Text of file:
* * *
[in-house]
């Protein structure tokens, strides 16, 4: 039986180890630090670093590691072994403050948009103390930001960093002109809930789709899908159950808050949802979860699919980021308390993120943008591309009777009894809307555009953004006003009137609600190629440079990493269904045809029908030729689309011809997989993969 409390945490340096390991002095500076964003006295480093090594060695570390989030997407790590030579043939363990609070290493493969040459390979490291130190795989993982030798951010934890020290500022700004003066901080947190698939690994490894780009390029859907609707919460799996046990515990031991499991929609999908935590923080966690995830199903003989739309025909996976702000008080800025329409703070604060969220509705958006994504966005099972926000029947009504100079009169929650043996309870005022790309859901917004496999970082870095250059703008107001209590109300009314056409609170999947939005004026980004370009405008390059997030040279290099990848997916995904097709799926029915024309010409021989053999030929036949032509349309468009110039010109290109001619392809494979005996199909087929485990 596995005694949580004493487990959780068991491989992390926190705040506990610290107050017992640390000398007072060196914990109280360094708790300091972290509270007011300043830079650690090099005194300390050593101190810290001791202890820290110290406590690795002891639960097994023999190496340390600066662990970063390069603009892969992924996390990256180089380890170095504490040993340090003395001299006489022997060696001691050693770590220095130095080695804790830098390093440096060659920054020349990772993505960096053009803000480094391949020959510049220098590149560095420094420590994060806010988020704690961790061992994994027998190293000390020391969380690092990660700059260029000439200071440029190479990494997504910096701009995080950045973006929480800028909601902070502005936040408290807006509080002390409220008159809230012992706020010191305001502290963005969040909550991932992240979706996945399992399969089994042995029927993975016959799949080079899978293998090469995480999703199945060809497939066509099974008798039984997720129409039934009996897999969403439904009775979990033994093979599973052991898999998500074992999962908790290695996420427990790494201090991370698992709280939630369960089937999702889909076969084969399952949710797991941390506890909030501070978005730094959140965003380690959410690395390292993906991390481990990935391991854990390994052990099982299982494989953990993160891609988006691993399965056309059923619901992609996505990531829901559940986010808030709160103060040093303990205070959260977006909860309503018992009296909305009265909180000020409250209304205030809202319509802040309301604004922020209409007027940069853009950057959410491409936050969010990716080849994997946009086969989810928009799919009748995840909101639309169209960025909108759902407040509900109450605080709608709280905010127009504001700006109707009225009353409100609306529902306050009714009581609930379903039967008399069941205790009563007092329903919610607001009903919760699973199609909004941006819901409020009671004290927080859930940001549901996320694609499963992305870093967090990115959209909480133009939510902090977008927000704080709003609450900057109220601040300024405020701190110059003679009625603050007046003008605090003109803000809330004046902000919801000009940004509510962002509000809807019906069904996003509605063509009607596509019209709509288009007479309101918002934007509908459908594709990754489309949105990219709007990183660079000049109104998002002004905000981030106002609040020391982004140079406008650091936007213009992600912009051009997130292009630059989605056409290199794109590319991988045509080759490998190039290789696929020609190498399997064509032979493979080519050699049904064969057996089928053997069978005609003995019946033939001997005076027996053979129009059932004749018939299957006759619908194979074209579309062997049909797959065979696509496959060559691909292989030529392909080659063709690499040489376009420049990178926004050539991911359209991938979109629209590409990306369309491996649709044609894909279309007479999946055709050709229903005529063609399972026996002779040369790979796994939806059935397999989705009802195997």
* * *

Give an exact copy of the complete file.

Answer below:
[in-house]
């Protein structure tokens, strides 16, 4: 039986180890630090670093590691072994403050948009103390930001960093002109809930789709899908159950808050949802979860699919980021308390993120943008591309009777009894809307555009953004006003009137609600190629440079990493269904045809029908030729689309011809997989993969 409390945490340096390991002095500076964003006295480093090594060695570390989030997407790590030579043939363990609070290493493969040459390979490291130190795989993982030798951010934890020290500022700004003066901080947190698939690994490894780009390029859907609707919460799996046990515990031991499991929609999908935590923080966690995830199903003989739309025909996976702000008080800025329409703070604060969220509705958006994504966005099972926000029947009504100079009169929650043996309870005022790309859901917004496999970082870095250059703008107001209590109300009314056409609170999947939005004026980004370009405008390059997030040279290099990848997916995904097709799926029915024309010409021989053999030929036949032509349309468009110039010109290109001619392809494979005996199909087929485990 596995005694949580004493487990959780068991491989992390926190705040506990610290107050017992640390000398007072060196914990109280360094708790300091972290509270007011300043830079650690090099005194300390050593101190810290001791202890820290110290406590690795002891639960097994023999190496340390600066662990970063390069603009892969992924996390990256180089380890170095504490040993340090003395001299006489022997060696001691050693770590220095130095080695804790830098390093440096060659920054020349990772993505960096053009803000480094391949020959510049220098590149560095420094420590994060806010988020704690961790061992994994027998190293000390020391969380690092990660700059260029000439200071440029190479990494997504910096701009995080950045973006929480800028909601902070502005936040408290807006509080002390409220008159809230012992706020010191305001502290963005969040909550991932992240979706996945399992399969089994042995029927993975016959799949080079899978293998090469995480999703199945060809497939066509099974008798039984997720129409039934009996897999969403439904009775979990033994093979599973052991898999998500074992999962908790290695996420427990790494201090991370698992709280939630369960089937999702889909076969084969399952949710797991941390506890909030501070978005730094959140965003380690959410690395390292993906991390481990990935391991854990390994052990099982299982494989953990993160891609988006691993399965056309059923619901992609996505990531829901559940986010808030709160103060040093303990205070959260977006909860309503018992009296909305009265909180000020409250209304205030809202319509802040309301604004922020209409007027940069853009950057959410491409936050969010990716080849994997946009086969989810928009799919009748995840909101639309169209960025909108759902407040509900109450605080709608709280905010127009504001700006109707009225009353409100609306529902306050009714009581609930379903039967008399069941205790009563007092329903919610607001009903919760699973199609909004941006819901409020009671004290927080859930940001549901996320694609499963992305870093967090990115959209909480133009939510902090977008927000704080709003609450900057109220601040300024405020701190110059003679009625603050007046003008605090003109803000809330004046902000919801000009940004509510962002509000809807019906069904996003509605063509009607596509019209709509288009007479309101918002934007509908459908594709990754489309949105990219709007990183660079000049109104998002002004905000981030106002609040020391982004140079406008650091936007213009992600912009051009997130292009630059989605056409290199794109590319991988045509080759490998190039290789696929020609190498399997064509032979493979080519050699049904064969057996089928053997069978005609003995019946033939001997005076027996053979129009059932004749018939299957006759619908194979074209579309062997049909797959065979696509496959060559691909292989030529392909080659063709690499040489376009420049990178926004050539991911359209991938979109629209590409990306369309491996649709044609894909279309007479999946055709050709229903005529063609399972026996002779040369790979796994939806059935397999989705009802195997």